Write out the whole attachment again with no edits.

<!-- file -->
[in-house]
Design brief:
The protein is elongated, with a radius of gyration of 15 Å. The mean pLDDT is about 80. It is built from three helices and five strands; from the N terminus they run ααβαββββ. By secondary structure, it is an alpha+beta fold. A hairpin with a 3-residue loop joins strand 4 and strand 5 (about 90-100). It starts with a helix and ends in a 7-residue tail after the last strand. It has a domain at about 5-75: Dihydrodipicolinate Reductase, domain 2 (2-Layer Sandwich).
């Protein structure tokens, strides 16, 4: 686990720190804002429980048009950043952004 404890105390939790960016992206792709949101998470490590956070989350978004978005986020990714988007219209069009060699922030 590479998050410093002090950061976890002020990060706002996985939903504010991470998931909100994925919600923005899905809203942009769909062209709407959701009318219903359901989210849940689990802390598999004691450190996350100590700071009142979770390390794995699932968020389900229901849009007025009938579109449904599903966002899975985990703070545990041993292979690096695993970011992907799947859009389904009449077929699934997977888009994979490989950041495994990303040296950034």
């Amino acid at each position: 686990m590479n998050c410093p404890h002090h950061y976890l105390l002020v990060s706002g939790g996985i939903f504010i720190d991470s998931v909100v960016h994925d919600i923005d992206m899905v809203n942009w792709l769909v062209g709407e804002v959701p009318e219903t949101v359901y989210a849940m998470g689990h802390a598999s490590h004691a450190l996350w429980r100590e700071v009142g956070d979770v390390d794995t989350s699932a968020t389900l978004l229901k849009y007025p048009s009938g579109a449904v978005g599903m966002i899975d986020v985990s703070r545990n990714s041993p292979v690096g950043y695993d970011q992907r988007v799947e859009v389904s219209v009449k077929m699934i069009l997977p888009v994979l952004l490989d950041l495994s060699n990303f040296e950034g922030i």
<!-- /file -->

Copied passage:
[in-house]
Design brief:
The protein is elongated, with a radius of gyration of 15 Å. The mean pLDDT is about 80. It is built from three helices and five strands; from the N terminus they run ααβαββββ. By secondary structure, it is an alpha+beta fold. A hairpin with a 3-residue loop joins strand 4 and strand 5 (about 90-100). It starts with a helix and ends in a 7-residue tail after the last strand. It has a domain at about 5-75: Dihydrodipicolinate Reductase, domain 2 (2-Layer Sandwich).
């Protein structure tokens, strides 16, 4: 686990720190804002429980048009950043952004 404890105390939790960016992206792709949101998470490590956070989350978004978005986020990714988007219209069009060699922030 590479998050410093002090950061976890002020990060706002996985939903504010991470998931909100994925919600923005899905809203942009769909062209709407959701009318219903359901989210849940689990802390598999004691450190996350100590700071009142979770390390794995699932968020389900229901849009007025009938579109449904599903966002899975985990703070545990041993292979690096695993970011992907799947859009389904009449077929699934997977888009994979490989950041495994990303040296950034």
């Amino acid at each position: 686990m590479n998050c410093p404890h002090h950061y976890l105390l002020v990060s706002g939790g996985i939903f504010i720190d991470s998931v909100v960016h994925d919600i923005d992206m899905v809203n942009w792709l769909v062209g709407e804002v959701p009318e219903t949101v359901y989210a849940m998470g689990h802390a598999s490590h004691a450190l996350w429980r100590e700071v009142g956070d979770v390390d794995t989350s699932a968020t389900l978004l229901k849009y007025p048009s009938g579109a449904v978005g599903m966002i899975d986020v985990s703070r545990n990714s041993p292979v690096g950043y695993d970011q992907r988007v799947e859009v389904s219209v009449k077929m699934i069009l997977p888009v994979l952004l490989d950041l495994s060699n990303f040296e950034g922030i």